Beijing (9th – 14th February 2011)


You will probably find me writing more about Beijing, mostly me reflecting and comparing it, and them, with other experiences. This short post does not do the experience enough justice, but for now these are the main snippets:

A culture shock (to say the least), my trip to Beijing has to have been one of the most interesting and exciting 5 days off my life. I only arrived back on valentine’s day, and it is still surreal to think it happened. The most energetic sales people, Kung Fu acrobats, ancient traditions, haggling, interesting cuisine, ‘Communism’, beautiful art and architecture – we witnessed and experienced so much in so little time, it was hard to truly take it all in.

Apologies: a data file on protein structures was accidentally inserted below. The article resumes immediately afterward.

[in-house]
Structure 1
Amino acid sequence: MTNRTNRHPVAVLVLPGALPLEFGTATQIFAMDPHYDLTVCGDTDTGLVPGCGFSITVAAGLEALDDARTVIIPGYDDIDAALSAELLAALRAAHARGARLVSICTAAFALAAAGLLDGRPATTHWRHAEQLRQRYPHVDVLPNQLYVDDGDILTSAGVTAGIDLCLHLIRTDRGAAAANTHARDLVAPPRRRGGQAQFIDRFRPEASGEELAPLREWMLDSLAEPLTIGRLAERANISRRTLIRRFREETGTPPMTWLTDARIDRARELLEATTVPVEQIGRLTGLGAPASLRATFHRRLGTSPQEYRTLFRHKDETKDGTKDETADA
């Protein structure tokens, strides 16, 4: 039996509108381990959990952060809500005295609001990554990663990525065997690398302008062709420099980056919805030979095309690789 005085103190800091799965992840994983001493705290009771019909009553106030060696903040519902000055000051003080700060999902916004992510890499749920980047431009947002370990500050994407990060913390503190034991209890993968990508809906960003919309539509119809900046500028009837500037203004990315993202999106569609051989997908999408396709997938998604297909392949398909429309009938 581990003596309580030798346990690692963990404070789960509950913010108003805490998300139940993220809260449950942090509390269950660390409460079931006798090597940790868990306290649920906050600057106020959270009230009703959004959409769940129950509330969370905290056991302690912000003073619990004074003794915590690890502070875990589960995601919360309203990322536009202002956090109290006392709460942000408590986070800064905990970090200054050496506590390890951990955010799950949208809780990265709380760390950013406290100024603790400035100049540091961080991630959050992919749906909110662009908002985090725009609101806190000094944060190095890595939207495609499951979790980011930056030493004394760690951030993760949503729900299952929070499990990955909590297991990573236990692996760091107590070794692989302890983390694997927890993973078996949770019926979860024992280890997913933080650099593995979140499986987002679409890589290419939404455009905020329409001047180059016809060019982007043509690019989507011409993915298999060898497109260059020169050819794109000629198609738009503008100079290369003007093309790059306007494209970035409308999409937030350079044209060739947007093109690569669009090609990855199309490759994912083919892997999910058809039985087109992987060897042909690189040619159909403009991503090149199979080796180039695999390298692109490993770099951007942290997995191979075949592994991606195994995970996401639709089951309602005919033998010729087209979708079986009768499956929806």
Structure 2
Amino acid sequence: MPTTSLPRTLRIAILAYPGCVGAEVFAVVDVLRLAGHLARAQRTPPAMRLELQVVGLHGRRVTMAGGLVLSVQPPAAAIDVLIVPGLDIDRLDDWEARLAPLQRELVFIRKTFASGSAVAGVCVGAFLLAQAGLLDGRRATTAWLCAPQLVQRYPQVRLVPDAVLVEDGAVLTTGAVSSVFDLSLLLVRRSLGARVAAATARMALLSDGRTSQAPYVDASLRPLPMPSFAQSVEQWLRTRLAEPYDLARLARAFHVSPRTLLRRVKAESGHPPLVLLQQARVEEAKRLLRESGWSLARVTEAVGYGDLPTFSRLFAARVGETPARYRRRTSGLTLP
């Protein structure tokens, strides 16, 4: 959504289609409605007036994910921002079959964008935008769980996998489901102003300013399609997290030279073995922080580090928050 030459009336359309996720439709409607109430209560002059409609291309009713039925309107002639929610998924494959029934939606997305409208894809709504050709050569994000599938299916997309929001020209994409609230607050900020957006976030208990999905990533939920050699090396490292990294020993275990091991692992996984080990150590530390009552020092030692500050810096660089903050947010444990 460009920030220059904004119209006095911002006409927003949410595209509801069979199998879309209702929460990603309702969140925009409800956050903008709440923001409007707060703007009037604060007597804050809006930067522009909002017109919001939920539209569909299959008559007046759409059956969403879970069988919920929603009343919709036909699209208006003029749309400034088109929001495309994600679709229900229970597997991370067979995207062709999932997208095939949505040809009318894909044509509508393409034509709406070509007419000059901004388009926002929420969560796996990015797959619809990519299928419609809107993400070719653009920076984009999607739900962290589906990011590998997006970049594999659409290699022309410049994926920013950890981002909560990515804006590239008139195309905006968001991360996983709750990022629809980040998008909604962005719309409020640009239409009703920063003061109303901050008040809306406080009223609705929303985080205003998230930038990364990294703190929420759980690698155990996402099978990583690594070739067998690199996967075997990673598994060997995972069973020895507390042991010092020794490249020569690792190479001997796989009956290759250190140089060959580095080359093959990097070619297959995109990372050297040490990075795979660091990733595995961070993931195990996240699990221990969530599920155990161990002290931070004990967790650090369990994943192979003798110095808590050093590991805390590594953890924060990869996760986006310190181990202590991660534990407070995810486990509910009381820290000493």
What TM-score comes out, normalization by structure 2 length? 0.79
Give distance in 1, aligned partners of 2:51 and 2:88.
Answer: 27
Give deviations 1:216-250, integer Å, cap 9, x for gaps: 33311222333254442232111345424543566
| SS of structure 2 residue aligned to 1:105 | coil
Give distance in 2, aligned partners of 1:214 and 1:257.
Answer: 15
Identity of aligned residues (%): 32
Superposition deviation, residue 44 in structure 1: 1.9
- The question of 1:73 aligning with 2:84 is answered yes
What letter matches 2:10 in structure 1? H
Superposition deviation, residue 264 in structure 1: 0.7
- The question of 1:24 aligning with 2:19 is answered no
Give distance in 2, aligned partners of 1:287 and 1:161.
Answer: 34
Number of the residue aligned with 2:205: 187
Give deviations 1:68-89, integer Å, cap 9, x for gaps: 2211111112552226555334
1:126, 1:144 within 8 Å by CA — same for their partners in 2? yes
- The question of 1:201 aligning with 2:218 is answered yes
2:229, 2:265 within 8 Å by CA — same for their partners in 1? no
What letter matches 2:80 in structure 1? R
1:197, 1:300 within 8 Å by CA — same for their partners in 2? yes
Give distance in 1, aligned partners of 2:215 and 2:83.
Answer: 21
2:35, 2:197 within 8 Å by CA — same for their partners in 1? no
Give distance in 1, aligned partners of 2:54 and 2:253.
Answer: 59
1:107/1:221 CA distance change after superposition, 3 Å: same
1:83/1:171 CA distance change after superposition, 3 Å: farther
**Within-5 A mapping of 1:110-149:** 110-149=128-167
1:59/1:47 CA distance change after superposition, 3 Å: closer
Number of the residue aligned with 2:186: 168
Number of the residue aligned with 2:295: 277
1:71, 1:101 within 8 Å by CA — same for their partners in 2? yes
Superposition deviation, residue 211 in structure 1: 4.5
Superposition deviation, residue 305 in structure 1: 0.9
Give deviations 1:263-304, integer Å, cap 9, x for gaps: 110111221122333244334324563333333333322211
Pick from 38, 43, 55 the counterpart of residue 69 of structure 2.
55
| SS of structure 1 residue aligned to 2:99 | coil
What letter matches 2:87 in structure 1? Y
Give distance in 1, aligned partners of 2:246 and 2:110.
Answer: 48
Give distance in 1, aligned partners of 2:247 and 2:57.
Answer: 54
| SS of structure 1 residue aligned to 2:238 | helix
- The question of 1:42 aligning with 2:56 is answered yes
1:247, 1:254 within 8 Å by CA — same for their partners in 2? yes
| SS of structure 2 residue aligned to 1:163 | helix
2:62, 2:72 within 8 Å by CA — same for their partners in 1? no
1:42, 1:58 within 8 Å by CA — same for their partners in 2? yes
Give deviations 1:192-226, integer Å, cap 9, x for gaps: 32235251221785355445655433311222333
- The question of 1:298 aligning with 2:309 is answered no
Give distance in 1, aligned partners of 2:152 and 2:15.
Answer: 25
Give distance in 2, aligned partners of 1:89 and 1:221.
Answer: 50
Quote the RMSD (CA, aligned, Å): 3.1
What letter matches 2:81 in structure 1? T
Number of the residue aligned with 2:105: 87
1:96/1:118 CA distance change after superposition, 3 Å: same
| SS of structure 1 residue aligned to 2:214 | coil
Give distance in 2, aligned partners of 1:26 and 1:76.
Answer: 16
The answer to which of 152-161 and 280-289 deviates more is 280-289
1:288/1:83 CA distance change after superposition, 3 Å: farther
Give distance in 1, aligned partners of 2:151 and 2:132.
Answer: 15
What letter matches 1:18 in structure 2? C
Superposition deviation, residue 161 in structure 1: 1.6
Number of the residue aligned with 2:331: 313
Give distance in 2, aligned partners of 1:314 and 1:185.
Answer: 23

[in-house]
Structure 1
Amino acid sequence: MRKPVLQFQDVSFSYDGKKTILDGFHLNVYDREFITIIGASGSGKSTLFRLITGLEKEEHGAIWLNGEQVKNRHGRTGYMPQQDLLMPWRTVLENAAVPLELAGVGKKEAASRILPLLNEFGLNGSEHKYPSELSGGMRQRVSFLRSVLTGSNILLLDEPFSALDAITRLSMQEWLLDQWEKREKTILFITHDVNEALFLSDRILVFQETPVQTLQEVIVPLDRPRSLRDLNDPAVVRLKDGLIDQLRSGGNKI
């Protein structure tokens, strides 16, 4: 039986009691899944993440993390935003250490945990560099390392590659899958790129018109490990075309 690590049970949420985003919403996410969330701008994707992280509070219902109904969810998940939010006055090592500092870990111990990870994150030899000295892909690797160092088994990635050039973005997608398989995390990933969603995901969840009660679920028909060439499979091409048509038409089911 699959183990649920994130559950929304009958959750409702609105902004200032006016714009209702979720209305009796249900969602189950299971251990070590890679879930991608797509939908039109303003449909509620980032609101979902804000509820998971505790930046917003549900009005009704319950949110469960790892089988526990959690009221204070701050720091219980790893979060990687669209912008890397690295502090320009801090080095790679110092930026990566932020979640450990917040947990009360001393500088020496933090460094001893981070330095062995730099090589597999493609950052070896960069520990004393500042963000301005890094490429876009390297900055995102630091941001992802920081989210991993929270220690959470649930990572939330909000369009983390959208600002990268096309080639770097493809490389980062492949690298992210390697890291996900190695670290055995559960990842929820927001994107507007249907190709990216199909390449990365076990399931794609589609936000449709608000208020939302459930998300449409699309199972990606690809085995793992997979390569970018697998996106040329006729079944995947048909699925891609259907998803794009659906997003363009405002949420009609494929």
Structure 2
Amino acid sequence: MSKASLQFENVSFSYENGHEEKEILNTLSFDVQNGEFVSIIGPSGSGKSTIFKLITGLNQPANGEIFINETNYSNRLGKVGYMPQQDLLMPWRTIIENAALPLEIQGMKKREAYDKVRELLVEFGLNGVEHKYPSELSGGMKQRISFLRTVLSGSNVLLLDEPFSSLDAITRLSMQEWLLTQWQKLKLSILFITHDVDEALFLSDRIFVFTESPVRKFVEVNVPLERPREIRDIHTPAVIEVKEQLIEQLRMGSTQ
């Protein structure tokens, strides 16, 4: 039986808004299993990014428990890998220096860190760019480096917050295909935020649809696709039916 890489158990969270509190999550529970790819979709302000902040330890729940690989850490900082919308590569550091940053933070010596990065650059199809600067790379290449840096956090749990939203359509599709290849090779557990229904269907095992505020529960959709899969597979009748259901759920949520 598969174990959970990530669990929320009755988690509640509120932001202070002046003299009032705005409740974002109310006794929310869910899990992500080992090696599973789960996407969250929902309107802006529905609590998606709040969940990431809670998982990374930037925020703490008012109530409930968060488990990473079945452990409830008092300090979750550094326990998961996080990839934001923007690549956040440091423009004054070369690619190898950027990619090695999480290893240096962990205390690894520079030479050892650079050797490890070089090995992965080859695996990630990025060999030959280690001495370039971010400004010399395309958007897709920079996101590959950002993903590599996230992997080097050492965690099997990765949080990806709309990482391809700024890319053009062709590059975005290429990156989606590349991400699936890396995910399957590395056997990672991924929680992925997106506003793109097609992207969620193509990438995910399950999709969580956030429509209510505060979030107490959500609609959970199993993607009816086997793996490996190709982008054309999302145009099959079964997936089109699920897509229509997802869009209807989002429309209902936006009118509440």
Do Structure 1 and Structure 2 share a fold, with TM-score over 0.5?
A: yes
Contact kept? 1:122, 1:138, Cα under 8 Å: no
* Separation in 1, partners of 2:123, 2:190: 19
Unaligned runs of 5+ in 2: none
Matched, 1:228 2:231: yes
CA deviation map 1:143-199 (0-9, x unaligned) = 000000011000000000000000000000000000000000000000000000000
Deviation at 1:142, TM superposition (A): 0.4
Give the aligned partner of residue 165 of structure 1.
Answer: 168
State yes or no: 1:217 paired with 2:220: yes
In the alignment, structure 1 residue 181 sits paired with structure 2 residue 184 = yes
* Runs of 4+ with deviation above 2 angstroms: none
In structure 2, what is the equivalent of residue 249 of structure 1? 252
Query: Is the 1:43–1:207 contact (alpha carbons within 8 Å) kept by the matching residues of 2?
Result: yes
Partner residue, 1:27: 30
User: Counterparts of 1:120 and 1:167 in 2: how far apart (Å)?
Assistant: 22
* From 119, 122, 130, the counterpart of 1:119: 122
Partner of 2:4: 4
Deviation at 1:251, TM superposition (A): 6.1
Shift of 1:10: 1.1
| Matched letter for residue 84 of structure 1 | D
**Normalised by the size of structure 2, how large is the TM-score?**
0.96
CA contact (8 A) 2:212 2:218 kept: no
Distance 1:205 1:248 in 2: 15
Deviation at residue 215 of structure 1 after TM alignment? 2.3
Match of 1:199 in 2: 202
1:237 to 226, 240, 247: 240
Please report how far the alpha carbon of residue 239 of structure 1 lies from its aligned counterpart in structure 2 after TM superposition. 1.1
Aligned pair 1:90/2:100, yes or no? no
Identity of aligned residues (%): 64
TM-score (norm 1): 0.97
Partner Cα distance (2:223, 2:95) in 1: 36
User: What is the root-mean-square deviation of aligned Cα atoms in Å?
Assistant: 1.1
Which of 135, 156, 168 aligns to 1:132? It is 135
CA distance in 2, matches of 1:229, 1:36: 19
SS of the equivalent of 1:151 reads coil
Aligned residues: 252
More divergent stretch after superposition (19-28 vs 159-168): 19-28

I bought plenty of goods, partially to remember the trip by but also because I just loved how every little thing had some meaning or story behind it. Take my Jade necklace for example, that is good for your health. The black pearl bracelet I bought my mother, not only does it look pretty, but they insisted that black pearls were only for your mother, or other noble women. They still celebrate Chinese new year, even after they have been forced to adopt the Christian calendar, and they all recite and hold dearly the old story of the Zodiac. As much as I enjoy multiculturalism I feel we lack these traditions in England. It was nice being in a country not dominated by the Christian faith. It was comforting being in a place that appeared somewhat connected to the spirit of the world, not necessarily God.